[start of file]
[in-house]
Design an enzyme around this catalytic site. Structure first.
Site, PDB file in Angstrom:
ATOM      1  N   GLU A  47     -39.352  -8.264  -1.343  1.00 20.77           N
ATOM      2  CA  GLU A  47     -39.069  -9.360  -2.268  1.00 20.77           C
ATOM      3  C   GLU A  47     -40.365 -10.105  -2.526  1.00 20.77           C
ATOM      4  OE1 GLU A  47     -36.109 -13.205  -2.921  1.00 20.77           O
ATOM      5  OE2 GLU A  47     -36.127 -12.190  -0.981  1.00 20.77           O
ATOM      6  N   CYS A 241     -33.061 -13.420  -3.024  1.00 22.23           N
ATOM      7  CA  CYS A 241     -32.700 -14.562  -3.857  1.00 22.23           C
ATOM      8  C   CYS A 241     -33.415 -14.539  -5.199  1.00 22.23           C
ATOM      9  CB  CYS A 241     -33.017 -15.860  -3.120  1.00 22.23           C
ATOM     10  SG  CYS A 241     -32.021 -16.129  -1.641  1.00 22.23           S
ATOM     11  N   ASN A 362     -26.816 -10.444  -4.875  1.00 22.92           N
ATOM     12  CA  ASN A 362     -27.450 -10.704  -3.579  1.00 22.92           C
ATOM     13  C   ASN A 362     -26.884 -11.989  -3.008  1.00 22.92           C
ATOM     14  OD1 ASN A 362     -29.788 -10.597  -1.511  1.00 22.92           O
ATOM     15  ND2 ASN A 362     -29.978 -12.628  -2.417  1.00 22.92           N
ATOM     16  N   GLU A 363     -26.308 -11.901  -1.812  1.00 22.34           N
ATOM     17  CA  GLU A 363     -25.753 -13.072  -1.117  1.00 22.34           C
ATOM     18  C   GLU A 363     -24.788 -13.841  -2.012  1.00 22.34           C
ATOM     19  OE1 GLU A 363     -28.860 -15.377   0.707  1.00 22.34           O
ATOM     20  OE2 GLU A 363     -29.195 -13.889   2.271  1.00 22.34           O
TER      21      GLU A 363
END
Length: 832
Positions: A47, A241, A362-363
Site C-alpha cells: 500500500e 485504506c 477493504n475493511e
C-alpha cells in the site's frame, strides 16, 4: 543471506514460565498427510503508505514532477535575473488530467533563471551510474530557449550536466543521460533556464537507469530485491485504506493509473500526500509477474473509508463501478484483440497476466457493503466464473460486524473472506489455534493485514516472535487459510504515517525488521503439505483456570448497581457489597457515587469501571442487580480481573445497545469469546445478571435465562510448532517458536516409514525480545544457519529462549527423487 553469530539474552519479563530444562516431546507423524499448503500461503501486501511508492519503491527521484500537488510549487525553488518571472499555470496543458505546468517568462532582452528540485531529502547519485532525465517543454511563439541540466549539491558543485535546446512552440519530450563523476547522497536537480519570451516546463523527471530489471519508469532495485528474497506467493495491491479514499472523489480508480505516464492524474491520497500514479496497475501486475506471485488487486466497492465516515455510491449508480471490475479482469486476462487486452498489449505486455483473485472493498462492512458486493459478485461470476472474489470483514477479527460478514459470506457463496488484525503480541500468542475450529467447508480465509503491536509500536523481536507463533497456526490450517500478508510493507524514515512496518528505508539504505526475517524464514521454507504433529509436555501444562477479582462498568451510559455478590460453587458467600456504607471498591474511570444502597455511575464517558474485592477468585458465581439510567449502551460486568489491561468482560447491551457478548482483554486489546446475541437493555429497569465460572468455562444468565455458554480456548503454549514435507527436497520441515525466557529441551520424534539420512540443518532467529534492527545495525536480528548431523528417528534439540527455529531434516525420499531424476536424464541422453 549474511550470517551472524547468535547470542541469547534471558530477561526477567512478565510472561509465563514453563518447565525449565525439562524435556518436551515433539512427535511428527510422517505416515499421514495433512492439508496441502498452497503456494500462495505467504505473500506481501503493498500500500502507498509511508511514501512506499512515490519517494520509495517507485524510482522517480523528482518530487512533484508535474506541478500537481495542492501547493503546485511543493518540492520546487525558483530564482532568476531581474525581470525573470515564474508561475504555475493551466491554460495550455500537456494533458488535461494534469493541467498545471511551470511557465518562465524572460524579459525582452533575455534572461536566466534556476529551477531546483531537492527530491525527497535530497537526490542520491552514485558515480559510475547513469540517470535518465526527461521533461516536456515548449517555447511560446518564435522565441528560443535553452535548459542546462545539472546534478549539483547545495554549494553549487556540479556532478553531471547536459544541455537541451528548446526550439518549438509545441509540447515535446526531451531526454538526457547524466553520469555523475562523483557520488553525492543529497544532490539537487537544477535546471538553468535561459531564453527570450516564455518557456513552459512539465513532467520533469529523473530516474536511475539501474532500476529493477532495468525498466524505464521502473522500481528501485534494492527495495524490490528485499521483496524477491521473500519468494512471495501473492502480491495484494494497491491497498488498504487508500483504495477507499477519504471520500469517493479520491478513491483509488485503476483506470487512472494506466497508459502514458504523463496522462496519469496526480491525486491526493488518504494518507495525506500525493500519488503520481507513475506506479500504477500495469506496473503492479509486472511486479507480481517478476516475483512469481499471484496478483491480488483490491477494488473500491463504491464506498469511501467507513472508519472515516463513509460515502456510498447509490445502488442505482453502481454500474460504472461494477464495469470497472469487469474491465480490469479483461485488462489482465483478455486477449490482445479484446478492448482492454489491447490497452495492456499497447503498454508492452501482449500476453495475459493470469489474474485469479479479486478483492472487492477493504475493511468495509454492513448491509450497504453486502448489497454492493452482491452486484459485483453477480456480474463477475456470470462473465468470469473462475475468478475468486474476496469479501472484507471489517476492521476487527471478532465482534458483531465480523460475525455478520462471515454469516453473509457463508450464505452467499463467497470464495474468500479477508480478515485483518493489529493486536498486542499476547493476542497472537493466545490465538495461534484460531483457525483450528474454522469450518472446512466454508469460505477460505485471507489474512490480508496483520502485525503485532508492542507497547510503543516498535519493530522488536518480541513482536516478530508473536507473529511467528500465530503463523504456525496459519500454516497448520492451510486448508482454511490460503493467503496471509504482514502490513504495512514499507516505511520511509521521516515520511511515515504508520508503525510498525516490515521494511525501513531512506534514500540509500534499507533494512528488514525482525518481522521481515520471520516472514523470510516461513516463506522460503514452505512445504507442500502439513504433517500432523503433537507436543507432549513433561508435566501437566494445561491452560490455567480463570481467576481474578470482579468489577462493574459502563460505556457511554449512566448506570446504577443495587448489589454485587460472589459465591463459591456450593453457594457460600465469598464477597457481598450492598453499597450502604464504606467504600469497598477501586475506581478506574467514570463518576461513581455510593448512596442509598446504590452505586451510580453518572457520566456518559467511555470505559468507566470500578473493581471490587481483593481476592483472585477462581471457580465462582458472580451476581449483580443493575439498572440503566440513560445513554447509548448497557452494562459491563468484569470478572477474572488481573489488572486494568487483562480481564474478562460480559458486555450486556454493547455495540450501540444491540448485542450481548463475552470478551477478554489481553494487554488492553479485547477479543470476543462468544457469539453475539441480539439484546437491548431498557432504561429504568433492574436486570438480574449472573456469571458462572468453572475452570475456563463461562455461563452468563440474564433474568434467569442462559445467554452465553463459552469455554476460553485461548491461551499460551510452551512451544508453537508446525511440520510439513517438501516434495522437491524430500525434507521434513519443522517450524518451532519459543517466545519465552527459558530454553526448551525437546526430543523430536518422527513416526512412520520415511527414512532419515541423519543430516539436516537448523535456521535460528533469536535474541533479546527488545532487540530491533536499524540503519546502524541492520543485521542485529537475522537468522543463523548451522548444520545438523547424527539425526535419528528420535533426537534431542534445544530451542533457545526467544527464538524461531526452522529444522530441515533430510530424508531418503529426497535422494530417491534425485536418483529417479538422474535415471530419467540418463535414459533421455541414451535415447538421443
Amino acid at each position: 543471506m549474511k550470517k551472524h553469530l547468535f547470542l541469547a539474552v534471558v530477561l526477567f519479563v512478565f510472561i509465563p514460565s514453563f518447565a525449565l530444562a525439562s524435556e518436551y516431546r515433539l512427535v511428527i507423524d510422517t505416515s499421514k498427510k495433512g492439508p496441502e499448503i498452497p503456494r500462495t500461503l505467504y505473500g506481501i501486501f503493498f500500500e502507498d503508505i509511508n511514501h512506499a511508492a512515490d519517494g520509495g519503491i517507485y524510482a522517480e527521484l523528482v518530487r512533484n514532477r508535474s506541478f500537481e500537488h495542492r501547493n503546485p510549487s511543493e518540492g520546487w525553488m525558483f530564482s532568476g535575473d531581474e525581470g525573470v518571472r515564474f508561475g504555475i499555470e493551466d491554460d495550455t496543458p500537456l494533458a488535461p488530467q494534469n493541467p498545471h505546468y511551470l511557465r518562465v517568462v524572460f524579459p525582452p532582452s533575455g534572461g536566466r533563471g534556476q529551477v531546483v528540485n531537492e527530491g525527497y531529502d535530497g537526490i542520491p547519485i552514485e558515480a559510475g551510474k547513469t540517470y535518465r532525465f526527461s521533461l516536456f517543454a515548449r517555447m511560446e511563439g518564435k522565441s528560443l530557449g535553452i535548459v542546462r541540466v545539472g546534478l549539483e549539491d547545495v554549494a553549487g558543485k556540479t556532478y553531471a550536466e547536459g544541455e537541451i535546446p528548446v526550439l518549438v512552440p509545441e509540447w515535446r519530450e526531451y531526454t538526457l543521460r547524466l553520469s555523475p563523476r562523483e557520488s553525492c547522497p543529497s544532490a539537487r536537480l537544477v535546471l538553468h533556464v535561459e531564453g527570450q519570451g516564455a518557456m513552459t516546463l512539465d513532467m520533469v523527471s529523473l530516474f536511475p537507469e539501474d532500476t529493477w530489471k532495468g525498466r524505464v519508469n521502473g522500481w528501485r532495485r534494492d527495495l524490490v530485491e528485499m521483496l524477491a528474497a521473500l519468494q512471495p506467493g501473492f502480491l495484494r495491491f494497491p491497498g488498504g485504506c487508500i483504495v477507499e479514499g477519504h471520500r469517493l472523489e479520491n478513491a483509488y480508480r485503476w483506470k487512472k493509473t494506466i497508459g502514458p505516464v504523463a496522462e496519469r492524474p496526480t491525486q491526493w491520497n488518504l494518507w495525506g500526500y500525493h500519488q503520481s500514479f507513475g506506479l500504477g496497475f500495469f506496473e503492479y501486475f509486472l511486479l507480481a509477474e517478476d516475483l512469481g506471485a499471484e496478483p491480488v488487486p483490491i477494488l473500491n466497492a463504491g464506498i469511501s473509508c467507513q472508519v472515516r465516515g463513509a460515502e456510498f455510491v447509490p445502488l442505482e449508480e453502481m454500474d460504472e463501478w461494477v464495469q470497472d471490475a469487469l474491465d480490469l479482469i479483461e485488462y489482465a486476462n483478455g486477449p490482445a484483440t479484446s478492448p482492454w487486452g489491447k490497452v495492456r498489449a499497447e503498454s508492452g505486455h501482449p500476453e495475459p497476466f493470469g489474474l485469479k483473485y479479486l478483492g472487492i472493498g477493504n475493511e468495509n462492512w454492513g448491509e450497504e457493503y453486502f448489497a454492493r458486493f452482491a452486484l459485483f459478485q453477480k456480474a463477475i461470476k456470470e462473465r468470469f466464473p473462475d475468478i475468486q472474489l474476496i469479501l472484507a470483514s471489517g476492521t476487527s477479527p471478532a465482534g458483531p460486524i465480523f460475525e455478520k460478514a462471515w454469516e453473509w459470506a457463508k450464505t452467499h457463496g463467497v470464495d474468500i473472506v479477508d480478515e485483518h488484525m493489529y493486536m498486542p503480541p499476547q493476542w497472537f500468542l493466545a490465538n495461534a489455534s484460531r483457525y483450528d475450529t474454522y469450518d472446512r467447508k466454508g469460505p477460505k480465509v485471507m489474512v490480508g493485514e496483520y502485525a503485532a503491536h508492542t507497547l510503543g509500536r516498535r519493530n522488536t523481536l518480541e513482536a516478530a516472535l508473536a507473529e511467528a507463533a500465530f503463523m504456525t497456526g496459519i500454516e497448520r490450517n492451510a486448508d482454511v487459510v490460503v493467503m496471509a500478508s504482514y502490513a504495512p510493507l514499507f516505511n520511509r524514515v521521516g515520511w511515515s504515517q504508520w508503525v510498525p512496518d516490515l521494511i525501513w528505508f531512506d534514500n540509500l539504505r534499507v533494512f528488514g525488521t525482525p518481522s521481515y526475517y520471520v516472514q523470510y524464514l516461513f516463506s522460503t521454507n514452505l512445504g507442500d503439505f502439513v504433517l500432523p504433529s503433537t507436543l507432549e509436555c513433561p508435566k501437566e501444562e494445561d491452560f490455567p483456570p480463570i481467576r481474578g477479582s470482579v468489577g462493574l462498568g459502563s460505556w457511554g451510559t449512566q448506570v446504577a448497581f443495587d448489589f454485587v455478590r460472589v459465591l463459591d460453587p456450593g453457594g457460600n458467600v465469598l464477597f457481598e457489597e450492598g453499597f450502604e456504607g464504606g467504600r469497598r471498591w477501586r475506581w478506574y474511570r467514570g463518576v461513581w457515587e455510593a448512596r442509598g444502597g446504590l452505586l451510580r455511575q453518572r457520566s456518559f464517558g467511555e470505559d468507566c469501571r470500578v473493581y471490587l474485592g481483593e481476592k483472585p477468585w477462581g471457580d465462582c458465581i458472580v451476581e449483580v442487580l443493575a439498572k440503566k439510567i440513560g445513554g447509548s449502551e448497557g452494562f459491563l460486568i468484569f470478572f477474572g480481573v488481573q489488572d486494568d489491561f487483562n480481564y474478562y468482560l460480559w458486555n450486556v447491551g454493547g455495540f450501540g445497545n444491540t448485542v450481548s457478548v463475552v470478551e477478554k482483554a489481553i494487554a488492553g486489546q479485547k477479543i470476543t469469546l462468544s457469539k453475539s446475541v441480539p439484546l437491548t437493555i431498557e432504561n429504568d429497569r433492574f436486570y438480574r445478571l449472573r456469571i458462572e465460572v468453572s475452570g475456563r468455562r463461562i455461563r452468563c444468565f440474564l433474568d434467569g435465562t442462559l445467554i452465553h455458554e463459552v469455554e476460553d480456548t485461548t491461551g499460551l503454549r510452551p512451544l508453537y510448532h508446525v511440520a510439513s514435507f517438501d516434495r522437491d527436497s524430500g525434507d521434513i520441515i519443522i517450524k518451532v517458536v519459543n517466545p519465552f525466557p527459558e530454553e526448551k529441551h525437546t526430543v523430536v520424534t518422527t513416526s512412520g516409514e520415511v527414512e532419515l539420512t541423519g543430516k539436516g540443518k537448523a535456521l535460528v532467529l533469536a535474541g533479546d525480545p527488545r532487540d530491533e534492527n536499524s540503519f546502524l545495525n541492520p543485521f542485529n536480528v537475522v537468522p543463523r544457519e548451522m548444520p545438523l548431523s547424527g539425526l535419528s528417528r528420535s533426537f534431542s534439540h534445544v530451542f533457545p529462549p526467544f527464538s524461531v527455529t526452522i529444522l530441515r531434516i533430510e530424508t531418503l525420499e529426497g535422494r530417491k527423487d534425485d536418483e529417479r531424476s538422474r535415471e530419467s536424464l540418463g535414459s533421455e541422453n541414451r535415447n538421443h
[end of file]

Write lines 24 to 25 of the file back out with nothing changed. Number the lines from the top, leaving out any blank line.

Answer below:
TER      21      GLU A 363
END